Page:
University District a hot submarket for multifamily investors
Student housing “are some of the hottest deals in Reno,” said Trevor Richardson, an agent with Dickson Commercial Group who specializes in multifamily.
“The university is growing at an enormous rate, it has the highest amount of students that it has ever had and they are only looking to continue to expand over the next three to four years,” Richardson said in a phone interview with NNBW.
The University of Nevada, Reno now serves nearly 21,000 students creating a demand for additional student housing in the area. However, this demand is being hindered by the amount of developable land around the university.
“You have student housing developers really excited about the growth, but they find it challenging with the amount of development sites around there,” Richardson said. Developers must be creative with land that is available.
“So you are having developers having to go vertical,” Richardson said.
One example is the 7-story, 105-unit complex currently under construction called Identity Reno. The project is located at 1551 N. Virginia St. and is slated to be complete before the fall 2017 semester.
“We don’t have a lot of dense projects in Reno. That is probably one of the more dense ones we have going on right now,” he said.
Identity Reno is one of several new student housing developments currently being built around the university. Others include Towers at Pink Hill, a 23-unit student housing development located on North Virginia at 14th Street, and Wolf Run East, a 105-unit development on the east side of the university located at 1980 Valley Road.
The demand for student housing is also elevating the price for existing complexes around the university. Richardson explained that property owners know that this type of housing is in demand and they are setting the prices for property in the area very high.
Richardson and Tom Fennell, of Dickson Commercial Group, represent the seller in the sale of a 24-unit assemblage of three apartment buildings, a duplex and a single-family home, which sold for $2,995,545 in the first quarter of 2017.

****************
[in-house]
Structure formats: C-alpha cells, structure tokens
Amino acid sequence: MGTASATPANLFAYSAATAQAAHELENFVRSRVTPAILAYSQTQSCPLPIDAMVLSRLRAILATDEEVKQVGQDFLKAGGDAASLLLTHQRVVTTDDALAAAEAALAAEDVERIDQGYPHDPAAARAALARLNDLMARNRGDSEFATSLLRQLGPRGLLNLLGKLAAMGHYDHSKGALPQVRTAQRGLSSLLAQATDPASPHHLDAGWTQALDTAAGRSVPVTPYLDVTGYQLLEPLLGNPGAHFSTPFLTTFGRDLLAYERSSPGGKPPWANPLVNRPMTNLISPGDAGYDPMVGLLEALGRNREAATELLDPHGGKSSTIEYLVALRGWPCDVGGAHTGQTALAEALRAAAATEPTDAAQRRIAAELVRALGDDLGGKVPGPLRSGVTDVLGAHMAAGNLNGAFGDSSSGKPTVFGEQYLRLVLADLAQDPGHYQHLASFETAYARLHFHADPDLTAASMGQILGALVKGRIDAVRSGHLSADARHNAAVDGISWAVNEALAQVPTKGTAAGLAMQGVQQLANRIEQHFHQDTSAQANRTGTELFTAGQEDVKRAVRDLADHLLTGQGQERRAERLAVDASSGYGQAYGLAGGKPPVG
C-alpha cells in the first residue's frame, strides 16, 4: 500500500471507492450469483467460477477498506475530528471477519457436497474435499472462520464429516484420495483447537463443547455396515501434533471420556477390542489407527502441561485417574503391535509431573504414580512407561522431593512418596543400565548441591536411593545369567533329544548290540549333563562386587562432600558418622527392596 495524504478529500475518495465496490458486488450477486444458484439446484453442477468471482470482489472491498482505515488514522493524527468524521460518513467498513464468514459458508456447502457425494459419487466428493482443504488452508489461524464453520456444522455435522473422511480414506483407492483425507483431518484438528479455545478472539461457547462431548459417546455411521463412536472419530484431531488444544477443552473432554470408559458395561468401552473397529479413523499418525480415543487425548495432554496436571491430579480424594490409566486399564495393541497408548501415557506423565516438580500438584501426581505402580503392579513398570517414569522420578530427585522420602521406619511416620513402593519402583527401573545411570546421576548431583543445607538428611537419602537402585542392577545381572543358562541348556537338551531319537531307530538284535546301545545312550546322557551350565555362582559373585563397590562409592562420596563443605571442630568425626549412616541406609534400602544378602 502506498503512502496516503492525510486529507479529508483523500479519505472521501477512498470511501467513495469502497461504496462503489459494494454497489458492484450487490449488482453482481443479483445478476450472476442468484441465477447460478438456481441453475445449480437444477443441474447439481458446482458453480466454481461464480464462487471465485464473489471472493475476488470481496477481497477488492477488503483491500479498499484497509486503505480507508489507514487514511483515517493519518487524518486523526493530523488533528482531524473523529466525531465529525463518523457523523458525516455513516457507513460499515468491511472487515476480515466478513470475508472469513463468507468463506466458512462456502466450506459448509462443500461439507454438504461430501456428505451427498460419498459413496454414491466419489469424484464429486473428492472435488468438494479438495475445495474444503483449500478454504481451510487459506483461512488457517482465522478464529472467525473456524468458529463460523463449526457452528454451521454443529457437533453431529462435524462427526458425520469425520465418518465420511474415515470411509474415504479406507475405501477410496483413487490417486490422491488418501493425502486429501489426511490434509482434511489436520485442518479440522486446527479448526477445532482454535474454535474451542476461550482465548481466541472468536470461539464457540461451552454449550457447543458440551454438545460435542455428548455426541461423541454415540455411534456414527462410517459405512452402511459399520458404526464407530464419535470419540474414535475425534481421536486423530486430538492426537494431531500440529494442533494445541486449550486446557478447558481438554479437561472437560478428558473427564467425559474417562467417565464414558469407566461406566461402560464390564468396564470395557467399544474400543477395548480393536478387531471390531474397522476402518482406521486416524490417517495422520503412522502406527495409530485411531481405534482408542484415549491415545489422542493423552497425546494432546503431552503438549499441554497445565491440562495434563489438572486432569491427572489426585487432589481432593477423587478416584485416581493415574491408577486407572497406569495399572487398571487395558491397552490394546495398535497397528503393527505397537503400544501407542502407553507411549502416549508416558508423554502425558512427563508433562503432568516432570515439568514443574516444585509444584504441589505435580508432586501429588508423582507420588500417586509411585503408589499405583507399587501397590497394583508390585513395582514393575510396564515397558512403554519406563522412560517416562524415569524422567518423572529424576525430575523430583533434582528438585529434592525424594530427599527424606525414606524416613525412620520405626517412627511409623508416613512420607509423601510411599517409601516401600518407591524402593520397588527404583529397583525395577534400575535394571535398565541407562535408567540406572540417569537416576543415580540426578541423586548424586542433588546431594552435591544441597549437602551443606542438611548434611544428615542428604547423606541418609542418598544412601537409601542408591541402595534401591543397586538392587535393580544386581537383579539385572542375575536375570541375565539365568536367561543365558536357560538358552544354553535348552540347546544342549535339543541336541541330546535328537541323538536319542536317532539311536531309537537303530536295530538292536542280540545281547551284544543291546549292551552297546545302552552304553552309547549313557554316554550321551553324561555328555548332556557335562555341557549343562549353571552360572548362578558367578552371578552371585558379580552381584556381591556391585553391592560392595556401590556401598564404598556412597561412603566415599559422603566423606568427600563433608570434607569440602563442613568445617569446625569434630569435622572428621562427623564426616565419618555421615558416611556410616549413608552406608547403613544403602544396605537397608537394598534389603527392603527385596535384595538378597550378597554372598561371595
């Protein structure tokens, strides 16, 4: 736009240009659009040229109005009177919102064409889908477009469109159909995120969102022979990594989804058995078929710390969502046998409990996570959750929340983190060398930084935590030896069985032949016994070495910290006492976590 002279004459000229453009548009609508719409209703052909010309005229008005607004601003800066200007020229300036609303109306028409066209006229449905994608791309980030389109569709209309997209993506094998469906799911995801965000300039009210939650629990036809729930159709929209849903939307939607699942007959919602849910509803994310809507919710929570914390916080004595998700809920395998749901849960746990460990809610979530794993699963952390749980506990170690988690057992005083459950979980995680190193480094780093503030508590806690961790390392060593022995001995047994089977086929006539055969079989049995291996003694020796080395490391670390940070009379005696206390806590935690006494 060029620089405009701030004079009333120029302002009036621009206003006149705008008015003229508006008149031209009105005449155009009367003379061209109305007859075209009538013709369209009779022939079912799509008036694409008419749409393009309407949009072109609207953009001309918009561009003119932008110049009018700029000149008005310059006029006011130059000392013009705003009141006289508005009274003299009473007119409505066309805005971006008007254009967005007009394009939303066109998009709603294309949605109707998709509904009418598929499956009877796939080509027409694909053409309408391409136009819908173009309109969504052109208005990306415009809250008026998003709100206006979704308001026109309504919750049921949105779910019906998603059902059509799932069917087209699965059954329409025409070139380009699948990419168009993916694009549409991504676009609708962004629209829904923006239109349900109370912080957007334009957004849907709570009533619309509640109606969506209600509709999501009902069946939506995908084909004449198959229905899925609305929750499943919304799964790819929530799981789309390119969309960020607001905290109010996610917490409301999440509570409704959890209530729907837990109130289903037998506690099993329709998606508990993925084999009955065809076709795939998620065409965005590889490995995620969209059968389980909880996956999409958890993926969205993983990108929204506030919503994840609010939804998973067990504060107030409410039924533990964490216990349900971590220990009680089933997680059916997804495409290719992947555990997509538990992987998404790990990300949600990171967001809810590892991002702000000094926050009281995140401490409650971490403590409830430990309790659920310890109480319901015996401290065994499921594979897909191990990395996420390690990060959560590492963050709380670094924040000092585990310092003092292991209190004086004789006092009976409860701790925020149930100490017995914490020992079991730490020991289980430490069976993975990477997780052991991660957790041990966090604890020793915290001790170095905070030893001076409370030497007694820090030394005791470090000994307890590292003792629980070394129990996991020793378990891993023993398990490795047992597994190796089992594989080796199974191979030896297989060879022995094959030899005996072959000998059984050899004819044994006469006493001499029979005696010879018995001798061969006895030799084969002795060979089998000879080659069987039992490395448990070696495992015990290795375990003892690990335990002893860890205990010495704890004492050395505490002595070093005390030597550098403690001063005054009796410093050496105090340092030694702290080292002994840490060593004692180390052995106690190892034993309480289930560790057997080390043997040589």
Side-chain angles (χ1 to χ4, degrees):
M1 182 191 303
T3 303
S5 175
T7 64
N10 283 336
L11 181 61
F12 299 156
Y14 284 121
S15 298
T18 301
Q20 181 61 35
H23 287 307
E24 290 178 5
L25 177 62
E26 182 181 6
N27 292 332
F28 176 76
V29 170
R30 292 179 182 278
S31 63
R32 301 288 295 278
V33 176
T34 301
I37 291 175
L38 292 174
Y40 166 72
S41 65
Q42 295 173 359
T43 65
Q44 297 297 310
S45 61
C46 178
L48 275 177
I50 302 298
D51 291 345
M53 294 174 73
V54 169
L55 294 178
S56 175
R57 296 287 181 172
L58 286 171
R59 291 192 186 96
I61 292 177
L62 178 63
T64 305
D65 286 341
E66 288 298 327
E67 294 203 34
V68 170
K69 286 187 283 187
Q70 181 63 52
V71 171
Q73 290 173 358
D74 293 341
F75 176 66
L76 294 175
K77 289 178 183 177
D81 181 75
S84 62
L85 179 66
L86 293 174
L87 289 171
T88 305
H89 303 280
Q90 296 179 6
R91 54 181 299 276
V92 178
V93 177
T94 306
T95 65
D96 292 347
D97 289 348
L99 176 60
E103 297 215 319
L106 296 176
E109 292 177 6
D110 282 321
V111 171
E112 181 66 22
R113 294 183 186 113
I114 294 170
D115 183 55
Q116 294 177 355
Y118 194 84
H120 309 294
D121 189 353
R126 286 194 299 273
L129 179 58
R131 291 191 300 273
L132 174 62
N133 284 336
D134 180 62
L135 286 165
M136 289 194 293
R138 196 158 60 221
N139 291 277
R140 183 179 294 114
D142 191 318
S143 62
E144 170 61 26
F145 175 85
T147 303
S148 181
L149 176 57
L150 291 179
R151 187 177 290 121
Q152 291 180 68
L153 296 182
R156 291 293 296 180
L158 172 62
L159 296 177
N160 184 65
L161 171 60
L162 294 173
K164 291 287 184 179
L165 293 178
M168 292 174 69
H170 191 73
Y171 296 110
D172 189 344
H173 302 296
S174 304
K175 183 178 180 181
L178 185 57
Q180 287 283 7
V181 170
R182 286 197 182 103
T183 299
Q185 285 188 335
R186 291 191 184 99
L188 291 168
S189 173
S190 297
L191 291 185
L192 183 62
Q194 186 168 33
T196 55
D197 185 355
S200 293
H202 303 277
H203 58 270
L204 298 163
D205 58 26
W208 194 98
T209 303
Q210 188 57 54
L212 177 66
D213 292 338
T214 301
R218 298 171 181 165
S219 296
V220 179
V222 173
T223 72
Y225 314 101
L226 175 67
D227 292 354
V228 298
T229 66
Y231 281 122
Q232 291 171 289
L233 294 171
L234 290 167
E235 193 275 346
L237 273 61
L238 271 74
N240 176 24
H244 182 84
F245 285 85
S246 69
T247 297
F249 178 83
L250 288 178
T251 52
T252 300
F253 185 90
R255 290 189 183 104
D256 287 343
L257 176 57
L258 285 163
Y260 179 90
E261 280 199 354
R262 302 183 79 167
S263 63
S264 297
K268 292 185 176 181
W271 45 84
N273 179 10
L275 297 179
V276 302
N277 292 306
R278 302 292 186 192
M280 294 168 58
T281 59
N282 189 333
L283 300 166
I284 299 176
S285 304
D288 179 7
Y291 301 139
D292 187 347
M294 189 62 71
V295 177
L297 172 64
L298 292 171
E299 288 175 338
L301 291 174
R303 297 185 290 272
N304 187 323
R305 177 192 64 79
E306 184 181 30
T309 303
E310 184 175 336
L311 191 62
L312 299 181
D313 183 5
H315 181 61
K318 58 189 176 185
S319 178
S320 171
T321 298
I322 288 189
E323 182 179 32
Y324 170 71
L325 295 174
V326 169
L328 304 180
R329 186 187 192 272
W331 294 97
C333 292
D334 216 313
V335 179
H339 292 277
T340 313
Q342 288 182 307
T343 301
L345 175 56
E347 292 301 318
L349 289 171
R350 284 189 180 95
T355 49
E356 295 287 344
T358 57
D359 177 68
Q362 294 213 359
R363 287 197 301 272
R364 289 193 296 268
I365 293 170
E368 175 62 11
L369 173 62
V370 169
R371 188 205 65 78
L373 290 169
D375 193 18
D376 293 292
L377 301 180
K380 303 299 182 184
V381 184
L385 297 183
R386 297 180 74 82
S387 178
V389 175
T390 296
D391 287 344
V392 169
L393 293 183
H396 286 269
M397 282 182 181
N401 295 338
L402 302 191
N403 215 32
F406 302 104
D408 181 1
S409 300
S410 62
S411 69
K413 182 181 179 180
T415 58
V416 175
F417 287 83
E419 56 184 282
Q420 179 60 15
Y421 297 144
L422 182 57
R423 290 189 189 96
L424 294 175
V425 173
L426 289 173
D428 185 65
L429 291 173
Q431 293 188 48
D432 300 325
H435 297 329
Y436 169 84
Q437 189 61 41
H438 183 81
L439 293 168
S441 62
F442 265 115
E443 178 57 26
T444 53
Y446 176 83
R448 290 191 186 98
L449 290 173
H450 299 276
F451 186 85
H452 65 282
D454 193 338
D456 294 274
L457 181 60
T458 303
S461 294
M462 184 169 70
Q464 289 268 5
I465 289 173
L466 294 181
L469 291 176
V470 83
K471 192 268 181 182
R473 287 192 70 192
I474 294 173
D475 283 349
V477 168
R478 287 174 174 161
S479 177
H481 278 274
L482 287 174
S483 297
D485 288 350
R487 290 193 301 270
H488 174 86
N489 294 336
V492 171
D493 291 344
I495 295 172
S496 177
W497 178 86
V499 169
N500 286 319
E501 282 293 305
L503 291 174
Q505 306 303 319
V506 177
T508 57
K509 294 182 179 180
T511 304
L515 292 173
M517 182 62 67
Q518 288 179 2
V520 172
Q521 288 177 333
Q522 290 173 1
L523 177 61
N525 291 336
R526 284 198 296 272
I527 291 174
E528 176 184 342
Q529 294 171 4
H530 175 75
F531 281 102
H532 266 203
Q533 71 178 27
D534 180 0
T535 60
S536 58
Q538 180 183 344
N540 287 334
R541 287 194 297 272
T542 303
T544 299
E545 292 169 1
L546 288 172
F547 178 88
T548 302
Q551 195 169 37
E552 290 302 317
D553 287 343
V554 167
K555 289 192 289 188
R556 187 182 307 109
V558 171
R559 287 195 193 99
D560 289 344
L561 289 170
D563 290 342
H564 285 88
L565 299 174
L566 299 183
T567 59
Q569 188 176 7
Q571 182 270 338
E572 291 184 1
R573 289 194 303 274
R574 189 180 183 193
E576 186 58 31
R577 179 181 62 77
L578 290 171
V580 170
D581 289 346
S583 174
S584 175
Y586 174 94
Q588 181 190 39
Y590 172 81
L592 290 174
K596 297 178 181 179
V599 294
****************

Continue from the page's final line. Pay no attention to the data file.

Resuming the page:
“Developers and investors want to be in that submarket,” Aiman Noursoultanova, senior vice president of investment properties with CBRE, said about the University District. Noursoultanova explained that CBRE was involved with the transactions of three of the large student housing complexes north of the university that are now called The Republic, The Highlands and Sterling Summit. They are continuing to see interest from investors in the area.
“There are a number of investor groups looking to enter the submarket who have not been able to,” she said.
Noursoultanova said there is potential for student housing south of the university; however, there have been studies that show that students do not want to cross I-80.
“Students are not ready to cross over the highway yet,” she said.
UNR plans for future development south of the university, but still north of I-80, in what is called the Gateway Precinct, as outlined in the university’s master plan. The Gateway Precinct is designed to serve as an extension of the campus as it continues to grow and connect the university and downtown Reno. The extension could be an opportunity for more off-student housing in the future.
“That just hasn’t happened yet,” Noursoultanova said.
Additionally, the Reno multifamily market in general is continuing to be in hot demand. The high demand and low vacancy rates are driving rents to historic rates.
Noursoultanova explained that Reno’s multifamily rents have historically been in the $800 – $850 category. Those rates are quickly becoming a thing of the past.
The average rent rose to $1,111 in the first quarter of 2017, as reported by CBRE. This is a 4.22 percent increase from the average rent of $1,066 reported in the fourth quarter of 2016 and a 12.22 percent year-over-year increase from the first quarter of 2016. While the average vacancy rate decreased from 2.93 percent in the fourth quarter of 2016 to 2.23 percent in the first quarter of 2017.
The strong job growth and the lack of inventory are the driving forces behind the increase in prices.
According to Noursoultanova, as rents continue to increase people will begin to look to neighboring areas such as Sparks, North Valleys, Carson City and more. She said that they are already seeing Sparks benefit due to its proximity to the Tahoe Reno Industrial Center.
However, Reno is still an affordable market compared to California markets.
“We still have some ways to go to catch up to Sacramento, San Jose and other west coast markets,” Noursoultanova said.
New construction will help to alleviate the rate of rent increases.There are a reported 2,713 units under construction and another 6,658 units in the planning stages.
“We have a lot in the pipeline,” Noursoultanova said. “If all of them are going to materialize is the question.”
She anticipates the Reno multifamily market to continue to gain national attention from investors and for rent growth to remain strong with the possibility of vacancy rates increasing as new construction projects are delivered toward the end of the year.